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The second is an ink drawing of the dream of Joseph when the angel reveals Herod’s plot and tells the Holy Family to flee to Egypt.  The image of what the angel wants is depicted on the raised fan.  Very cool.

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Marvelous.  And there is a reference to the cherry tree.  HERE

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His site is HERE.  Please visit.

Speaking of the cherry tree, recently when I was in Washington DC, I saw the exhibit of images of Mary. They had a well-known Barocci on loan from the Vatican Museum of the Rest on the Flight into Egypt. Joseph, with a beautiful smile, hands the diminutive Lord a branch with cherries.

Barocci_holy-family

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WDTPRS Collect 4th Sunday of Ordinary Time: “Billy loves bugs.”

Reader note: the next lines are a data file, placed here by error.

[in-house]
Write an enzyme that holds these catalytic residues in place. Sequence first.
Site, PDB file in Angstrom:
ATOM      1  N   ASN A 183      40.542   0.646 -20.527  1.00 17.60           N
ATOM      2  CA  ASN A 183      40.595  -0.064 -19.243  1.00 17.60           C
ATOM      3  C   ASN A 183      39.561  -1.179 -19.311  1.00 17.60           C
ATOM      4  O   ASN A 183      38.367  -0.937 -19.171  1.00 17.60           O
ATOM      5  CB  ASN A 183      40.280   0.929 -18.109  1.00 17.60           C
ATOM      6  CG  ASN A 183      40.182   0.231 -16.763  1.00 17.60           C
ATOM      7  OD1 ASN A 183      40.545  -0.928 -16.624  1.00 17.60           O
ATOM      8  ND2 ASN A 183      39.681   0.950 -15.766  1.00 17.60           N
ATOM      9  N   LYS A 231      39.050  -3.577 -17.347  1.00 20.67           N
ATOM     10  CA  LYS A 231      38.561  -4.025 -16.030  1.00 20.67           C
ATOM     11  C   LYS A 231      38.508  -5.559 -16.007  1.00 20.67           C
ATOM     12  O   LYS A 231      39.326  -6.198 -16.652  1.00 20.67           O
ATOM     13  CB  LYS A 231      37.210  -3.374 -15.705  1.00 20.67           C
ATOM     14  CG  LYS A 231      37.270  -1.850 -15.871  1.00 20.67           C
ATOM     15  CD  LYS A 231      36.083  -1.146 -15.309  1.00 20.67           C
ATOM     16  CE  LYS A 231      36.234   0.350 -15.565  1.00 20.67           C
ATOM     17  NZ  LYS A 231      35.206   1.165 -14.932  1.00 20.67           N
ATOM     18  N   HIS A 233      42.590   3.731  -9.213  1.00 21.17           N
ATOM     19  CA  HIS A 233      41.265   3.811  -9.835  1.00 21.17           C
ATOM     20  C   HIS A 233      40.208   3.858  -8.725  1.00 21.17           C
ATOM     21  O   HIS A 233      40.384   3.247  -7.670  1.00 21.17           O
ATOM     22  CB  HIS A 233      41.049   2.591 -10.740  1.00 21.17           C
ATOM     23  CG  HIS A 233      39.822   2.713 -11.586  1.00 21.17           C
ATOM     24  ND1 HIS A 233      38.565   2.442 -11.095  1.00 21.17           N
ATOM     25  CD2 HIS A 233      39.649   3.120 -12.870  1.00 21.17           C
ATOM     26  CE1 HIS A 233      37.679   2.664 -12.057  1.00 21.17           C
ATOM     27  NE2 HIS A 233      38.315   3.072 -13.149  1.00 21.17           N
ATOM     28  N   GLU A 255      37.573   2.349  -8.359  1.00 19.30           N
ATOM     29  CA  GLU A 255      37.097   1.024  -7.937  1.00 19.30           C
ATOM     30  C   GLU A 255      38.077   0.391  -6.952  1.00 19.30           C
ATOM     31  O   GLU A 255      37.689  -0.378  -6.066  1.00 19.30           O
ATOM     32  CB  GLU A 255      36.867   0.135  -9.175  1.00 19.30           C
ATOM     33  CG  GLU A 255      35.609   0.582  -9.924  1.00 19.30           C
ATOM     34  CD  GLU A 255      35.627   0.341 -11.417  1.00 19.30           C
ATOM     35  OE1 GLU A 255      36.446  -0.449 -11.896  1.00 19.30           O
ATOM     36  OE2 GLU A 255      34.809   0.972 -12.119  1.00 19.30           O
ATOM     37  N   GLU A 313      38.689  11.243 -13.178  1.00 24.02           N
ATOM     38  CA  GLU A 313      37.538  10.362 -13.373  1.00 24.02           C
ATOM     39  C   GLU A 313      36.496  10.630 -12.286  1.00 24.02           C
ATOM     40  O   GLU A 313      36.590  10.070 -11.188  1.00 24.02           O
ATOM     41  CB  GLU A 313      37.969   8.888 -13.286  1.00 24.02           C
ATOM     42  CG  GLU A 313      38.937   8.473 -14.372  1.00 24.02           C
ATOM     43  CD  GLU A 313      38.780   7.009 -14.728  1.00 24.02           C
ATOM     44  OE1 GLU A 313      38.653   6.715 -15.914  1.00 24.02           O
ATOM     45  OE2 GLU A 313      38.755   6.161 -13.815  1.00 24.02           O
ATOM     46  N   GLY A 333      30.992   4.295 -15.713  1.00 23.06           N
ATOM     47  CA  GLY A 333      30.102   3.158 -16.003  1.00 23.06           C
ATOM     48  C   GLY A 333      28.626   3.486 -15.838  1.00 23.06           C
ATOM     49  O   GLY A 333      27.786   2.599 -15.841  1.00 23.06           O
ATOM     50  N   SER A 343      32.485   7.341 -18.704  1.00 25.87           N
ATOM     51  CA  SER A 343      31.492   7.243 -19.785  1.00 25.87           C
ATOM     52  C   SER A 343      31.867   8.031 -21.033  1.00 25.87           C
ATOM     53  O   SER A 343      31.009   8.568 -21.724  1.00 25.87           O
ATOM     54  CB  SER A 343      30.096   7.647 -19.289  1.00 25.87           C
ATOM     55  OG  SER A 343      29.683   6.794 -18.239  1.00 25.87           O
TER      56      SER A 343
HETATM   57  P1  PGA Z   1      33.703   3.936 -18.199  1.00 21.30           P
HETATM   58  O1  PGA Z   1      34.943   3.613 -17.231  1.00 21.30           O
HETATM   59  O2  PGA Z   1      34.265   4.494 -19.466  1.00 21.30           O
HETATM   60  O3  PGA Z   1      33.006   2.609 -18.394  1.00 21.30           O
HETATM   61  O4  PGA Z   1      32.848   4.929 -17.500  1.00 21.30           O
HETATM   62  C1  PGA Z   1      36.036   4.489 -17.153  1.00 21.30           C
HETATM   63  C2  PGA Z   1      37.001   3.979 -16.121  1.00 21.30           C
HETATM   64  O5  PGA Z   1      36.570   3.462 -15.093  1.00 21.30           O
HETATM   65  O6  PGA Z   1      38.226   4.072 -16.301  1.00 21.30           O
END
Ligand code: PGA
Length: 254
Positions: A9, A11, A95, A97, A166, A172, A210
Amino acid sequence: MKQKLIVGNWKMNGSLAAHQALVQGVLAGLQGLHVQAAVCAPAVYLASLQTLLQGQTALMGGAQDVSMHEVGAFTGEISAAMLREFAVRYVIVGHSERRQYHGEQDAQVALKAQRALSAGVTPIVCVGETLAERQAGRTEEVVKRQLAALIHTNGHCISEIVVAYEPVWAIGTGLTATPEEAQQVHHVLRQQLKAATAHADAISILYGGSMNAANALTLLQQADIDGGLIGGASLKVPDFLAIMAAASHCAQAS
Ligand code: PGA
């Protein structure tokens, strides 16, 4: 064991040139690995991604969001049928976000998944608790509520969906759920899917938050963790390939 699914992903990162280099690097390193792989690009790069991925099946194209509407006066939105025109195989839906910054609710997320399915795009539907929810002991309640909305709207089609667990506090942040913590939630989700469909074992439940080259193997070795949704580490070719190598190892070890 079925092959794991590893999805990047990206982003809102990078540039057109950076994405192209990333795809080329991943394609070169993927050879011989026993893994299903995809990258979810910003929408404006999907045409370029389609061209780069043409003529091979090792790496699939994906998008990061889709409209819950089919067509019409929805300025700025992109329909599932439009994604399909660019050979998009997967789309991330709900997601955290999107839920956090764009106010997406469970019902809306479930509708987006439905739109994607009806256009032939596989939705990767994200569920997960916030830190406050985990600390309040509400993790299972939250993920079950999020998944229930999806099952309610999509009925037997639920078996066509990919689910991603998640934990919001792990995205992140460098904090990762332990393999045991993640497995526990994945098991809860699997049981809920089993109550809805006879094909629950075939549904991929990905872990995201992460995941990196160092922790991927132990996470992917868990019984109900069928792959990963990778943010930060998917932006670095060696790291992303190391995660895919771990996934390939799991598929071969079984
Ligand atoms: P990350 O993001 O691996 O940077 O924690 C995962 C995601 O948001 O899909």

bugsToday’s prayer was not in the post-Tridentine editions of the Missale Romanum but it does have its origin in the ancient Veronese Sacramentary.

Were you to hear this prayer intoned in Latin, or at least in an accurate translation, you would be thereby transported back 1500 years to our most Roman of Catholic roots.

COLLECT – LATIN TEXT (2002MR):
Concede nobis, Domine Deus noster,
ut te tota mente veneremur,
et omnes homines rationabili diligamus affectu
.

OBSOLETE ICEL (1973):
Lord our God,
help us to love you with all our hearts
and to love all men as you love them.

Is this what the Latin really says?

CURRENT ICEL (2011):
Grant us, Lord our God,
that we may honour you with all our mind,
and love everyone in truth of heart
.

SLAVISHLY LITERAL TRANSLATION: